“It’s my third one and obviously we want to do a lot better than we did last time so I’m just excited to get it going,” Westlake said.
“It flies by once you get there. I’m excited, but I’m nervous, it’s a whole basket of emotions. I just want to get there, that’s the thing.”
It will be a Paralympics where Canada will be looking to prove themselves after a disappointing exit on their home ice at the Vancouver 2010 Games. They fell to Norway in the bronze-medal game and failed to come up with a medal.
They will enter the Paralympic Games as the top seed in the world after a 1-0 victory over the USA in last year’s gold-medal game of the IPC Ice Sledge Hockey World Championships A-Pool.
Since Vancouver, Canada have had a lot of turnover. They have assembled a younger and faster team, but one that can play a gritty style.
As Westlake, an IPC One to Watch, is quick to point out, with the huge turnover from 2010, it’s tough to evaluate one team to the next.
“The answer for me is that the team is different,” Westlake said. “The team … it’s not fair to blame a Kevin Rempel, a Tyler McGregor, it’s not fair to blame all these guys that are going to their first Games ever for something that they weren’t even a part of.”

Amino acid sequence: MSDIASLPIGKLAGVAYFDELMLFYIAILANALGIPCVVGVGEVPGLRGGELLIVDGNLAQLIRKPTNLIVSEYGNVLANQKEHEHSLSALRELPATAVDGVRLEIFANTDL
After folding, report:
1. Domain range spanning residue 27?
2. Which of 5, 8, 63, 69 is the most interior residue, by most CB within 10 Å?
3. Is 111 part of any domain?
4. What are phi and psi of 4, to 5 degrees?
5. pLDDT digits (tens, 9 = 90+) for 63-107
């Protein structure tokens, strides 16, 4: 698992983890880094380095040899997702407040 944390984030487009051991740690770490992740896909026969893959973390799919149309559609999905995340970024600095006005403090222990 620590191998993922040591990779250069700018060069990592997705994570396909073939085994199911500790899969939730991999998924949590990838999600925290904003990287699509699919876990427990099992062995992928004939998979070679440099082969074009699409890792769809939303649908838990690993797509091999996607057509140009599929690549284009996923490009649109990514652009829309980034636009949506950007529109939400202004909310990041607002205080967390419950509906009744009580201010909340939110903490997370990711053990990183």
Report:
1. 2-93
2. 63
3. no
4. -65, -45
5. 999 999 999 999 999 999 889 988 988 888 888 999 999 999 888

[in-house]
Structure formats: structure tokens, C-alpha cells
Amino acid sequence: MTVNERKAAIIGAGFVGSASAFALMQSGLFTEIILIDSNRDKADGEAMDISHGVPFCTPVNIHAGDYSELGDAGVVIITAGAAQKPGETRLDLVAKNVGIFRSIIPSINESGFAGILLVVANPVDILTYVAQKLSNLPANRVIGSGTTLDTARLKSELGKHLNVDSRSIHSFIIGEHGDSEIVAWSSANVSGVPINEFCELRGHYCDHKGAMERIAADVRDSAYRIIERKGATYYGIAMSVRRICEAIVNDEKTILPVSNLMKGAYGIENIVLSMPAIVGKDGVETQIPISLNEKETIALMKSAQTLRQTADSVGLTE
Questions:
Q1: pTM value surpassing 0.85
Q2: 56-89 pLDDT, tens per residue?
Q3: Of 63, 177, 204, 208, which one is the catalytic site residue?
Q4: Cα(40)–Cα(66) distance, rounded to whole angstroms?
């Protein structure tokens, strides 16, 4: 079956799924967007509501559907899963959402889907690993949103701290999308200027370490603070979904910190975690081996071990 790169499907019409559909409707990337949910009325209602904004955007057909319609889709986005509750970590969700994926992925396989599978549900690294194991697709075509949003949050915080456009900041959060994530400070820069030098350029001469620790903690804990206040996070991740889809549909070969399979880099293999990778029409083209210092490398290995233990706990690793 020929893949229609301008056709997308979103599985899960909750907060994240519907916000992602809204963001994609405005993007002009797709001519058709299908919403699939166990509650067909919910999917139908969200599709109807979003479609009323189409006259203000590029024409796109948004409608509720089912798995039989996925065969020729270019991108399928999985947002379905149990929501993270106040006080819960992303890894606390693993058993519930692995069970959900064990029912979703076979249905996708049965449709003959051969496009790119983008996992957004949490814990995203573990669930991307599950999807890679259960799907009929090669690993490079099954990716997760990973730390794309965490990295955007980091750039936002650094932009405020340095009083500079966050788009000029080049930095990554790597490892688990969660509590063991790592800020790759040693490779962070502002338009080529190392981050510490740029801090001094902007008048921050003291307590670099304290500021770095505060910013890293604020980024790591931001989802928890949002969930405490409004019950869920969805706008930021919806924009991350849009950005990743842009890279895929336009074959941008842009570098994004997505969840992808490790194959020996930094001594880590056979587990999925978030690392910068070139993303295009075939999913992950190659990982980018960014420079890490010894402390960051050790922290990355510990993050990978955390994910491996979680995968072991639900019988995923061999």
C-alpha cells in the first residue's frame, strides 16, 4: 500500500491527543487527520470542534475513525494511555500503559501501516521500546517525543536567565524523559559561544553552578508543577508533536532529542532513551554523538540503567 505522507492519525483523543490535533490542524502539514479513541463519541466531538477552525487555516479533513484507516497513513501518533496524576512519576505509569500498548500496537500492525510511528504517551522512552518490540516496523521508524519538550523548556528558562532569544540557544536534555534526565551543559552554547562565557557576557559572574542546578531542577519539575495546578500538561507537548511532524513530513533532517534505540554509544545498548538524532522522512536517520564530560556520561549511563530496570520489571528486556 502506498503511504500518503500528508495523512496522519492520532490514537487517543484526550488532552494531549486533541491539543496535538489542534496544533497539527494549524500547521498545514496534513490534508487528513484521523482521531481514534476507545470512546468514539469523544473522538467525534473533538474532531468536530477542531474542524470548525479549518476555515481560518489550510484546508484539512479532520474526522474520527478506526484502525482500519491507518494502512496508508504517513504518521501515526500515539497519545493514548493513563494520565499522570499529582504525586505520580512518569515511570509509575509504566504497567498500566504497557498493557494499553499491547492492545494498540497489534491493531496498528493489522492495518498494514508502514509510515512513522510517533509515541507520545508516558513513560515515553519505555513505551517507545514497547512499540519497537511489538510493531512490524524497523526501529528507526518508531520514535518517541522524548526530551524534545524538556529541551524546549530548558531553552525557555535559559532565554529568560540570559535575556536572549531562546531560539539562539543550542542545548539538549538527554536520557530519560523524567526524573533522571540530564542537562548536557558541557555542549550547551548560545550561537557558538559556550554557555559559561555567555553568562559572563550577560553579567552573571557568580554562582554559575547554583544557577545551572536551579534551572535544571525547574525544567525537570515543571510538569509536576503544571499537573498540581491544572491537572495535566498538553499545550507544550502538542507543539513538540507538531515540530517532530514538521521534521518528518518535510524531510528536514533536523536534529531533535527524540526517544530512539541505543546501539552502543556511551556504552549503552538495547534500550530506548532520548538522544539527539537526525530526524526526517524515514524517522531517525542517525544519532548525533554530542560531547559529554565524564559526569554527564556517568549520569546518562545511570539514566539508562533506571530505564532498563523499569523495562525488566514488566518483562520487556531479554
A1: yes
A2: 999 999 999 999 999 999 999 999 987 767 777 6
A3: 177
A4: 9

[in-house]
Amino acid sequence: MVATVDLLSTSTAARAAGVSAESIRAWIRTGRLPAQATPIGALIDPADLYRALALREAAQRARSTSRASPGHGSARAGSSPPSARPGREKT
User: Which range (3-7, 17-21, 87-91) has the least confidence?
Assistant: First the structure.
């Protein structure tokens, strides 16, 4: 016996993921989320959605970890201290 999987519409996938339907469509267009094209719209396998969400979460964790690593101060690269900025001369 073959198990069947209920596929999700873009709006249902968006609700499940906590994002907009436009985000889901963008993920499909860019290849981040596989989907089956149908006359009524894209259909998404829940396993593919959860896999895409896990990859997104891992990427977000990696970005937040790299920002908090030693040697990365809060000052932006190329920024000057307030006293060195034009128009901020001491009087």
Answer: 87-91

Canada will have eight players returning to the Paralympic Games from Vancouver, and among those is the veteran core of Westlake, IPC One to Watch Brad Bowden and Billy Bridges. This will be Westlake’s third Paralympics, Bridges’ fourth, and Bowden’s sixth (fourth in sledge hockey).
They also combine to make up Canada’s first line.
“We’ve been playing together for a while,” Bowden said after the 2013 World Sledge Hockey Challenge in December.
“You play with better players, I’ve been with Billy forever, since I started playing this sport and I’ve been with Greg almost just as long. For us, it’s just about being best friends and almost like family members.”
Canada is known to be big country when it comes to hockey, and sledge hockey is no different. With their No. 1 seed in Sochi, Westlake thinks that rankings or not, Canada are always viewed as a team to beat.
“Every team wants to beat us just being Canada and playing hockey, that’s the nature of the beast,” Westlake said.
“We automatically … even when we came fourth in Vancouver, everybody knew we weren’t a fourth-place team. Everybody wanted to beat us the next year. They were up to play us.”
In Sochi, Canada will be in Group A with No. 4 Czech Republic, No. 5 Norway and No. 8 Sweden, opening the preliminary round against Sweden on 8 March at 13:00.
With all the hype, Westlake just wants the puck to drop.
“Right now is that time of the year where I’m kind of reading all the interviews and hearing what people are saying, and I’m not trying to show too much cause I like this group of guys,” Westlake said.
“I like them a lot, we have a lot of fun together, we work hard together, but I’ll let the other teams talk about how they’re going to win a gold medal, and we’ll just be ready to play.”